This led to a growing opposition between the equestrian classes which were part of the optimates and the plebeian classes which were part of the populares). The optimates wanted power concentrated on the aristocracy while the populares seeked the support of the people.

Late Republic: 107 BC to 27 BC

Marius became Roman consul in 107 BC and held the consulship seven times. His efforts at the beginning were concentrated on defeating the Numidian king Jugurtha. Marius is also known for his military reforms, namely the recruiting of poor men without land to the army which made the soldiers more loyal to the general. As we previously pointed out, Roman soldiers were generally rewarded with land at the end of their military service.

Tribune Marcus Livius Drusus granted Roman citizenship to the socii or allies of Rome. A lot of Romans did not appreciate this and he was subsequently assassinated. His assassination led to the socii revolt and what we call the Social War (91-88 BC), which happened right after Marius retired. During the Social War, two consuls were murdered and eventually Marius (who had already retired) was appointed head of the army together with Lucius Julius Caesar and Sulla.

Sulla and Marius had previously been rivals during the war with Numidia. Both had partisans who were strongly opposing each other. At the end of the Social War in 88 BC, Sulla was elected consul. His first assignment was to defeat Mithridates of Pontus who was king of Pontus and Armenia Minor in northern Anatolia (in what is now Turkey). King Mithridates intended to conquer the eastern Roman territories and this had to be stopped. But something then infuriated Sulla: Marius had managed to become head of the military thanks to his partisans' help.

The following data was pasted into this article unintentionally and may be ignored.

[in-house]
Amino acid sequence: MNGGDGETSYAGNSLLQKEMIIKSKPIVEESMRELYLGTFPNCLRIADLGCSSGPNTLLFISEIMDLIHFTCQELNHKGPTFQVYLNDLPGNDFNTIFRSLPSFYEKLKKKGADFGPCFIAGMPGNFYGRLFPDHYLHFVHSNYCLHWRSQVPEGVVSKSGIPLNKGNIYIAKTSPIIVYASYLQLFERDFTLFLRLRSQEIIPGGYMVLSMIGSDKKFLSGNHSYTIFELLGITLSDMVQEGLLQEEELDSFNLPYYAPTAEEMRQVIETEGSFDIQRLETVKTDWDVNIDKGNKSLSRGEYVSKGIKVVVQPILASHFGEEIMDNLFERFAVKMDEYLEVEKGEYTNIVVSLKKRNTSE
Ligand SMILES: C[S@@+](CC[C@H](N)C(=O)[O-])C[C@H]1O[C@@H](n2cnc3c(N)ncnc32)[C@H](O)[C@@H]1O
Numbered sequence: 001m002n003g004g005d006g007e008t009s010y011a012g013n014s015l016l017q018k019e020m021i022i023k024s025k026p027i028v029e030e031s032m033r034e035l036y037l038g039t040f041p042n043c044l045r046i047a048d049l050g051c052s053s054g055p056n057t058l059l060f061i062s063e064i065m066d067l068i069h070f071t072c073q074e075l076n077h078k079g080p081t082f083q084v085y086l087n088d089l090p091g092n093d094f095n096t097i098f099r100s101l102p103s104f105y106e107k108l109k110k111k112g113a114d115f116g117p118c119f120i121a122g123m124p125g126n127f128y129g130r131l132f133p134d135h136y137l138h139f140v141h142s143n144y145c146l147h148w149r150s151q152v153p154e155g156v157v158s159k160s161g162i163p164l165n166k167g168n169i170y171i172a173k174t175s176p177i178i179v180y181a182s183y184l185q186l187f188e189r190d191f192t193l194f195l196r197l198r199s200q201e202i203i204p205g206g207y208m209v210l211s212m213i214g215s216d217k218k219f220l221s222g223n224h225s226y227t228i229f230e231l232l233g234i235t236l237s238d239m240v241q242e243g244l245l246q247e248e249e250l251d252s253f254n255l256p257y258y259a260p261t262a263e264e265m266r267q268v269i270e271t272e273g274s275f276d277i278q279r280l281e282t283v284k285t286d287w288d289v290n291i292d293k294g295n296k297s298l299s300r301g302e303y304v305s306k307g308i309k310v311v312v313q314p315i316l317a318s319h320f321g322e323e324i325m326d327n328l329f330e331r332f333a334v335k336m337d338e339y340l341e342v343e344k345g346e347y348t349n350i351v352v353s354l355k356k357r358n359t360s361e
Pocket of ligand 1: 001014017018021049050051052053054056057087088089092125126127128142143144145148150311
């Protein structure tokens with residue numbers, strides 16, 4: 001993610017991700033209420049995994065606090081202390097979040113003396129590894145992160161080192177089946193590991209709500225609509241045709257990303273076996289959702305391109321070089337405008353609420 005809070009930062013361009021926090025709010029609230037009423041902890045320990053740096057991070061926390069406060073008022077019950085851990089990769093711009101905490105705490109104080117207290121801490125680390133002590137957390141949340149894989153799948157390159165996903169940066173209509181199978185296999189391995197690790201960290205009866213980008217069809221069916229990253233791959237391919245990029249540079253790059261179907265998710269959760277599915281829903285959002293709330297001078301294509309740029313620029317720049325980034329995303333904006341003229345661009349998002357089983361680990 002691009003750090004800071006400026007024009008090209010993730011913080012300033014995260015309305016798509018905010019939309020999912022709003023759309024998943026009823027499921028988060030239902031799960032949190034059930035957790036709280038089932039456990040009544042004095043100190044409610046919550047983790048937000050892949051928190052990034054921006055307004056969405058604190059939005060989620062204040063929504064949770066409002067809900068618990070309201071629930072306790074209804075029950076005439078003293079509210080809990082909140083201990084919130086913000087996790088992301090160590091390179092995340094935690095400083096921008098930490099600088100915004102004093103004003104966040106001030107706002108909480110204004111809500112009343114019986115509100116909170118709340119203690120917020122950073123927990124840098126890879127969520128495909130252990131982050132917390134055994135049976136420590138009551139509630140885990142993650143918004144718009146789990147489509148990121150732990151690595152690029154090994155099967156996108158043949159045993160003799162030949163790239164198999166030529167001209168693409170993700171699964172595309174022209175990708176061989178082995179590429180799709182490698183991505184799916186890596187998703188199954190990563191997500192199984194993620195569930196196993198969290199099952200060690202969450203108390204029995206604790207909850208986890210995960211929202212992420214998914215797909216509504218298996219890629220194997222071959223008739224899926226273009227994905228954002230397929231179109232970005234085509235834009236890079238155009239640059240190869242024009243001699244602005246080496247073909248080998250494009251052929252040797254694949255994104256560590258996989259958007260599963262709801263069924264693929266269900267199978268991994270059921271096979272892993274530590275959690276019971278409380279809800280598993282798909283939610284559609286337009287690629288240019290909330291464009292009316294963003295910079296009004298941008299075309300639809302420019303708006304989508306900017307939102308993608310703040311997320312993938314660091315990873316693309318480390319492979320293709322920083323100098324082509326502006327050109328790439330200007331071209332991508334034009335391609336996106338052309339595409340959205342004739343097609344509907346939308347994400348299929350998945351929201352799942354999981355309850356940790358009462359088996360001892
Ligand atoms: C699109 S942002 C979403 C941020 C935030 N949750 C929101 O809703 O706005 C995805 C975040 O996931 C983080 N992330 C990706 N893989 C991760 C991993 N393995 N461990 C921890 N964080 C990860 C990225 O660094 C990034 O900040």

Sulla marches into Rome

Sulla then did something that is remembered to this day: he marched into Rome with his legions and killed all of Marius' supporters. Their heads were impaled in the Roman Forum. Marius managed to escape the march and came back one year later while Sulla was campaigning in Greece. He seized power and killed all of Sulla's supporters in the same manner: by impaling their heads in the Roman Forum. This is known as the Marian Massacre.

Marius died in 86 BC due to his old age and the other consul Cinna stayed in power until 84 BC, year of his death. After finishing his campaigns in Greece and the east, Sulla marched into Rome again in 83 BC. During his stay in power, thousands of nobles and hundreds of senators were killed.

battle of alesia

Vercingetorix throws down his arms